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As many of you know, Sapphire and I spent 8 days – 8 lonnnnng days – in the hospital right before Christmas. We went to the ER because her migraine was just god awful and would not go away, no matter what. Usually they just give her some IV meds, and send us on our way. This time, though, they kept her because we had just been there 24 hours before with the same problem and they released us way too quickly.
So anyway, long story short, I learned a lot during our hospital stay. I wasn't prepared at all, because I just figured we'd be sent home after the IV meds, and I didn't pack anything – not even my laptop! We ended up staying there for three days, with them saying we could go home “tomorrow” every single day, before I realized I should go home and get some stuff.
How to prepare your child …
Hospitals can be scary, but obviously they're a necessity sometimes. If your child has an upcoming surgery or hospital visit – or even if it's an emergency room visit you weren't expecting – there are several ways you can prepare yourself (and your child!) to make the trip more tolerable. If you've had several ER visits in the past, it's best to keep a bag packed with some of the items listed below, because there's no way to remember all of these things when you're rushing to get dressed for a hospital visit.
Talk to them about what it might be like. Don't make any promises, because you never know what their room will be like, how the nurses will act, etc – but reassure them that it shouldn't be scary. Increasing your child's confidence about their hospital stay will help reduce anxiety (for you, and for them), and will make the visit more pleasant.
It's important to be honest when your child asks questions about the hospital stay. Obviously you don't need to give them the gory details if they're going in for surgery and will be sedated, but if they ask a question you should answer it the best you can. Lying or avoiding questions can increase their anxiety, and very easily lose their trust.
It is difficult to know ahead of time which procedures will take place, but discussing the possibility of shots, MRIs, etc is a call you have to make on an individual basis. Sapphire had to have an MRI, and the dumb ass nurses kept talking about how “AWFUL” the MRIs were and how they had to be sedated (as adults!). So, she was a bit freaked out. I looked a video up on YouTube and explained exactly what happens during an MRI. Saff was a freakin' CHAMP… she didn't even cry.
Some kids will experience anxiety if you simply mention needles, so if that's the case, it's better to wait until you're at the hospital to talk about it. Other kids like to know exactly what's going on before it happens, so it might be worth mentioning to them. You know your child best.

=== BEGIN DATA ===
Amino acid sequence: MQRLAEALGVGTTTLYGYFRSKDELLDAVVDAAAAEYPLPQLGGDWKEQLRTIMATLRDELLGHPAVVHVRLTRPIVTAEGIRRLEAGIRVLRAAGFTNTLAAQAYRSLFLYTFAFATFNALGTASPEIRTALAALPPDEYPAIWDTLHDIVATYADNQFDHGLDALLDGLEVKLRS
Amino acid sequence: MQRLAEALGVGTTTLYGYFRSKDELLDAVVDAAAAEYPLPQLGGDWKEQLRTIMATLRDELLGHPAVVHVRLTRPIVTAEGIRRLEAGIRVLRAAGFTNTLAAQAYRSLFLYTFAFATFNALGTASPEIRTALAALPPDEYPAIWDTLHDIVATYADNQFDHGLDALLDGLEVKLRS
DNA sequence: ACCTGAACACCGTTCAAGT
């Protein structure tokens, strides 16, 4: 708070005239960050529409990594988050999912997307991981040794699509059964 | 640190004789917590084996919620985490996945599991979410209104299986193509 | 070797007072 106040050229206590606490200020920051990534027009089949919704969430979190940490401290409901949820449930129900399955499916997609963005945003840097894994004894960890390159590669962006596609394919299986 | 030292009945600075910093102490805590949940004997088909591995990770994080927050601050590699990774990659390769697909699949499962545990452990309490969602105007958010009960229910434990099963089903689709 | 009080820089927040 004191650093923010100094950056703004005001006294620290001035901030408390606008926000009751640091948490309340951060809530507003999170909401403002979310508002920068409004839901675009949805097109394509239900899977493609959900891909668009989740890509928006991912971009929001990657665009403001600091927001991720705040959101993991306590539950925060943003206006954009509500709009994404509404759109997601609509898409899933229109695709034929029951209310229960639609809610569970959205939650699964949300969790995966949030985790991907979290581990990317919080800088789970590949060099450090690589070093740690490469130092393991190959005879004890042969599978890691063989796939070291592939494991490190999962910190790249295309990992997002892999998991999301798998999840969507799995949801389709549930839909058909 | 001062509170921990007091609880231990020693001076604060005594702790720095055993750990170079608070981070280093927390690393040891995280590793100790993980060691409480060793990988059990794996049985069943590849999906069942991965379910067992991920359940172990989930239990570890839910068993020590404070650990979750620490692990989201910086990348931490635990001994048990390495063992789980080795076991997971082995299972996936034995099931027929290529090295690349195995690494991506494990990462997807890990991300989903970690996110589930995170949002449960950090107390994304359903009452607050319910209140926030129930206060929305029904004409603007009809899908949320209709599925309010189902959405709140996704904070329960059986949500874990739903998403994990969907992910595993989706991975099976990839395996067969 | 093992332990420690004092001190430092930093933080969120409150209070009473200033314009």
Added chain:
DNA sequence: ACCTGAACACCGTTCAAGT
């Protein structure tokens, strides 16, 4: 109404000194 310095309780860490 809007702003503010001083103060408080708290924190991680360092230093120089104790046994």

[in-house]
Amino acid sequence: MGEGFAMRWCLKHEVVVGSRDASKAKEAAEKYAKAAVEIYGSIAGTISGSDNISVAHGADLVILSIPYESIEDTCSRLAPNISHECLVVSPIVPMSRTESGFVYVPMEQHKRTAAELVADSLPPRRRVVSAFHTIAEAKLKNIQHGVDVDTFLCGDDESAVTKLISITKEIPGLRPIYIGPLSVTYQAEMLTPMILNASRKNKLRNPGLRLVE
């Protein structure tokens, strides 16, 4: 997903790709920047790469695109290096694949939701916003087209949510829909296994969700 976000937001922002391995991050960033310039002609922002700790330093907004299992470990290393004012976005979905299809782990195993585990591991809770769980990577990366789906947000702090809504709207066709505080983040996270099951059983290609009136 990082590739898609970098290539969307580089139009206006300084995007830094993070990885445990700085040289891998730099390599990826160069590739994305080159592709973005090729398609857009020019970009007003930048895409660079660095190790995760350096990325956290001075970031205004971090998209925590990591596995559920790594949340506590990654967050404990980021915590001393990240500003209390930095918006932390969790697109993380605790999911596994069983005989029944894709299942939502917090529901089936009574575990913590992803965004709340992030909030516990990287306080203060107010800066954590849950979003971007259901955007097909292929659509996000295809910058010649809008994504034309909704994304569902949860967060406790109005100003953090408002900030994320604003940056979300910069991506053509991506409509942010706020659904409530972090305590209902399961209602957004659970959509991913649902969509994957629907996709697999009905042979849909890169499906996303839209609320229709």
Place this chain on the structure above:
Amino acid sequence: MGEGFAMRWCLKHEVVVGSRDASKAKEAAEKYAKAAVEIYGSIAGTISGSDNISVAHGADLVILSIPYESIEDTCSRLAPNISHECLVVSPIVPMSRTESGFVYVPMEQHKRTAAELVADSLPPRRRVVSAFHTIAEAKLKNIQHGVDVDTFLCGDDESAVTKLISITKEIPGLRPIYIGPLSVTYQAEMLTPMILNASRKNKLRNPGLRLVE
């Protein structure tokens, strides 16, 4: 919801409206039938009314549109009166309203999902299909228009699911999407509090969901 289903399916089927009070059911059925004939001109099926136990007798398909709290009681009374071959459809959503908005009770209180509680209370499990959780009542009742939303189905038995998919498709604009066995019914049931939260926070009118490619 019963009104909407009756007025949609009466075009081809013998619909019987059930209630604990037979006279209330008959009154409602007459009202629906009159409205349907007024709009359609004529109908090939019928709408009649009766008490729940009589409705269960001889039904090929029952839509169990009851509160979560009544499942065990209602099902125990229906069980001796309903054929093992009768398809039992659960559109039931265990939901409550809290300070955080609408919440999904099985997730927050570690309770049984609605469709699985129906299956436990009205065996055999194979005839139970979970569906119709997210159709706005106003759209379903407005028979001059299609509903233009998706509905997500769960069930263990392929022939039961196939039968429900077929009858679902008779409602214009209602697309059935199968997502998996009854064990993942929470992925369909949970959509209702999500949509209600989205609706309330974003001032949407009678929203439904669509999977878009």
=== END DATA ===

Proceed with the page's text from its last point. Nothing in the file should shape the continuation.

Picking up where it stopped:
If you have any anxiety about your child's upcoming hospital stay, talk to your partner or provider about it – you need to be cool, calm, and collected for your child during this time. When children see that their parents are anxious or upset, they tend to follow suit.
Last but not least, remember to be patient. This is easier said than done, bruh. Trust me. If you've been living on hospital food for a week, and sleeping on a sofa that barely fits a toddler, you're probably feeling pretty darn cranky. Remember that your child is, too, and they need your help in staying positive. Feeling frustrated? Let your kiddo know that you're going for a walk (or wait until they're asleep), and get some fresh air outside for a few minutes.
What to bring…
If your child is still an infant or toddler, it's important to pack comfort items from home. Whether they have a favorite blanket, toy, or stuffed animal, bring a few things to make it feel more like “home” when they're in the hospital room.
Preschoolers can usually bring a small blanket and stuffed animal, though you should warn them that they might have to leave those items in their hospital room if they go for tests. You know your child best, so if you think they're going to freak out over being separated from their “lovies”, warn them ahead of time that it might happen. If they won't freak out, there's no need to mention it.
Kids in elementary school are able to understand things a little better, but that also means they most likely have the fear or anxiety that goes along with knowledge. Like I said earlier, it's best not to make promises (such as “it won't hurt”), because you don't know exactly what's going to happen. The last thing you want to do is ruin their trust, especially during what can be an extremely difficult time. Just because they're older doesn't mean they can't bring a stuffed animal or one of their favorite toys – just make sure it's not noisy, in case they have a roommate.
No matter your child's age, be sure to pack comfortable pajamas, socks or slippers, and a change of clothes (or more, if you know the stay could be longer than a day or two). Bring a few books and/or magazines, coloring books and crayons, and electronics such as an iPod or laptop, though some circumstances will not allow use of them. It's better to be prepared! If you're sitting in a hospital room for twelve hours waiting for the doctor to let you know if you're able to go home or not, it's going to feel like twelve years if you don't have something to occupy your child (and yourself!).
I also like to pack a few surprises – items from the dollar store – that they can open during their stay. Our most recent stay was actually the best experience she's had in a hospital before – Saff got a new toy every time she got poked with a needle, so we ended up coming home with two huge bags full of goodies. It was like Christmas, before Christmas!
P.S. Don't forget to pack an extra set of clothes for yourself, along with some reading material and all necessary paperwork and insurance cards!